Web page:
Tuesday, April 09, 2019

Case Study: How a screwed-up SAP implementation almost brought down National Grid

Case Study: How a screwed-up SAP implementation almost brought down National Grid
National Grid USA (NGUSA), which is part of the UK-based National Grid Ltd., supplies electricity and gas in Massachusetts, New York, and Rhode Island. It is one of the largest investor-owned power distribution companies in the U.S. In October 2012 the company faced a very difficult decision.

The SAP project that was three years in running and marred by delays and budget overruns was scheduled to go live on November 5. Failure to go live meant a delay of another five months, likely another $50 million in additional spending, and a trip back to the Utilities Rate Commission to request approval to pay for the overruns.

At the same time, Hurricane Sandy was pounding up the East Coast. By mid-October, forecasts for damage in NGUSA’s service area were extensive. For a utility company, power restoration takes precedence over everything else after a hurricane.

NGUSA had to know they had a bumpy ride coming when they made the decision to go live. What they clearly didn’t understand was just how bumpy the ride would be.

In the weeks that followed the go-live, while the NGUSA crews were working tirelessly to restore power, the SAP project team was just beginning to understand the full extent of the damage being caused because of the screwed-up SAP implementation. The problems spanned many areas, including:

Payroll: The new SAP system miscalculated time, pay rates, and reimbursements, so that employees were paid too little, too much, or nothing at all. Over-payments of more than $6 million were made to employees and not recovered. There was $12 million paid in settlements to employees related to short pays and deductions. Delays in the generation of W2s and other tax reporting occurred.

Vendor payments: Just two months after go-live, NGUSA had 15,000 vendor invoices that they were unable to process for payment, inventory record-keeping was in shambles, and vendors were being issued payments with the understanding that reconciliation would take place later.

Financial reporting: Prior to go-live it took NGUSA four days to close its financial books. Following go-live the close took 43 days. So bad was the financial reporting, NGUSA lost its ability to access short-term borrowing financial vehicles based upon its inability to provide satisfactory financial reports.

To deal with the many accounting, payroll, and supply-chain issues NGUSA was grappling with, they launched a stabilization program. To support the program, 300 contractors were initially brought in to assist with payroll issues. A total of 450 contractors were eventually brought in to address payroll problems. Another 200 contractors were brought in to assist with supply-chain issues. And, another 200 contractors were brought in to support the financial close issues.

The first priority of the stabilization effort was to ensure that NGUSA could comply with its obligations, including:

> Paying employees accurately and on time
> Paying vendors accurately and timely
> Providing legal, regulatory, and other reports to external stakeholders that are accurate and timely

The team’s second stabilization priority was to enable NGUSA to be efficient and self-sufficient in operating the SAP system and realize the benefits the system can provide without significant reliance on external support.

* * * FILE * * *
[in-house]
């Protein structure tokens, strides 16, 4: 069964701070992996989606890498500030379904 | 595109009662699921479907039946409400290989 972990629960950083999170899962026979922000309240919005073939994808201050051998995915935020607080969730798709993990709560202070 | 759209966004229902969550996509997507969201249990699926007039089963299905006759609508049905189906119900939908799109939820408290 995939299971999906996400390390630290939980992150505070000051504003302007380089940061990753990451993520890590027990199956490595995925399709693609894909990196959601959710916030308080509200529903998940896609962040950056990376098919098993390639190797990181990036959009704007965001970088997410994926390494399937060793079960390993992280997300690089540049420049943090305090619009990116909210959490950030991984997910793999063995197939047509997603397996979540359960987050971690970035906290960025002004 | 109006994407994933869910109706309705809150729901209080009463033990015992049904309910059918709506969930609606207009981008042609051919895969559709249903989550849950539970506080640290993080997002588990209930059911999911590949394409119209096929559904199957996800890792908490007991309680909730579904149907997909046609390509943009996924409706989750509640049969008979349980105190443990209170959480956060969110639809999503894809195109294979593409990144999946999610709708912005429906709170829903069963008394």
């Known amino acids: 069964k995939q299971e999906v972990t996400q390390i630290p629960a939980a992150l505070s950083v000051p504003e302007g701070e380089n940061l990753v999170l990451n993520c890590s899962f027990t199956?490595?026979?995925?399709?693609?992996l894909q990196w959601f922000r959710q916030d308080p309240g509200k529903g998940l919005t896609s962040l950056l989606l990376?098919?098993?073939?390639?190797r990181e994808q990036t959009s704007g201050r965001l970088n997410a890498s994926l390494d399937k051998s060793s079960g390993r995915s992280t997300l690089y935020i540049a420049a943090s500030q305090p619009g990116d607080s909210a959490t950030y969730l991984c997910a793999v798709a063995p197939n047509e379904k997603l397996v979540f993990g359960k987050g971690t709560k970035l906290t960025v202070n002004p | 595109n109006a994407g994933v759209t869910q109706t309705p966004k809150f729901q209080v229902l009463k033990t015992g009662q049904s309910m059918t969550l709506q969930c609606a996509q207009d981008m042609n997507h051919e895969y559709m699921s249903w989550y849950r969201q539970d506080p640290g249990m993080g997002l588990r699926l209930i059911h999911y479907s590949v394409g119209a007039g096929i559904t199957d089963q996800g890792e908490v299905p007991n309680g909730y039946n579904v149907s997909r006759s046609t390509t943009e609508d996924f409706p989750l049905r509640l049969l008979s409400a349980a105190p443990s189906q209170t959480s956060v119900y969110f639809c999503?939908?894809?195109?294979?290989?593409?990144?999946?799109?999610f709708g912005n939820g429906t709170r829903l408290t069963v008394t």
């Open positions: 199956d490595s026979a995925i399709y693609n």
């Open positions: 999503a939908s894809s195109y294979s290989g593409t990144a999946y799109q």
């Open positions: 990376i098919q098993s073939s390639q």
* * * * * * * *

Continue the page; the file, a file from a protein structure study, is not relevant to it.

The continuing effort to stabilize SAP was anticipated to be about $30 million per month in September 2013.

The problems were so profound that the cleanup took more than two years to complete with a calculated cost of $585 million, more than 150 percent of the cost of implementation.

The journey

The journey to the decision to go live on November 5 was not unlike that experienced by other companies that have followed a similar path. In 2007, NGUSA had finalized a major acquisition, making it one of the largest privately held power distribution companies in the U.S.

This acquisition left the company with two sets of financial and operating systems. Capturing the synergies of combining these systems and adopting new sets of business processes were key components of the justification for the project. The project was also viewed as a method to allow NGUSA to address significant audit deficiencies in its financial business processes.

The project to upgrade NGUSA's legacy systems – many of which were running on Oracle – began in 2008. In mid-2009, NGUSA hired Deloitte as its systems integrator and set a project budget of $290 million that was submitted and approved by the Utilities Rate Commission.

Deloitte was initially employed as the lead implementation partner, project manager and systems integrator, but in June 2010 it was replaced by Ernst and Young (EY) in the first two roles, and by Wipro as systems integrator. The main reason for this switch was to lower implementation costs.

The program operated with a target go-live date of December 2011. This date was later moved to July 2012, followed by October 2012, and then a November 2012 target date. The final sanctioned estimate of the project was set at $383 million, nearly 30 percent beyond the original target budget that was approved by the board.

NGUSA continued to engage Wipro after the go live in making the necessary fixes to the installed SAP system tolling their agreement (extending the statute of limitations for filing suit). In many instances, functional and technical specifications had to be completely rewritten and entire SAP modules had to be rebuilt or abandoned.

On November 30, 2017, NGUSA filed a lawsuit against Wipro in the U.S. District Court Eastern District of New York. The lawsuit notes that NGUSA was unable to file suit against EY due to the language of their contract. The suit alleges that Wipro fraudulently induced NGUSA into signing the original agreements. NGUSA claims that Wipro misrepresented its SAP implementation capabilities, talent, and knowledge of the U.S. utilities business operations and common practices.

As Wipro knew or should have known, it had neither the ability nor intent to assign appropriately experienced and skilled consultants to the Project because... it in fact had virtually no experience implementing an SAP platform for a U.S.-regulated utility. – National Grid USA

Besides this, the suit alleges that Wipro breached its contract with NGUSA by:

> Failing to prepare design documents and specifications to industry standards.
Failing to prepare programming and configuration to industry standards.
Failing to adequately test, detect, and inform of problems.
Failing to advise that the system was not ready to go live.
Breaching express and implied warranties by not providing consultants that were consistent with a top 25 percent SAP implementation firm.
Negligently misrepresenting itself for the same reasons identified in the first cause for action.
Violating New York’s General Business Law for deceptive practices.

NGUSA was seeking damages in the form of relief of all contractual obligations, restitution of all amounts paid to Wipro, damages associated with a poor go-live, punitive damages, and attorney's fees and costs associated with the lawsuit.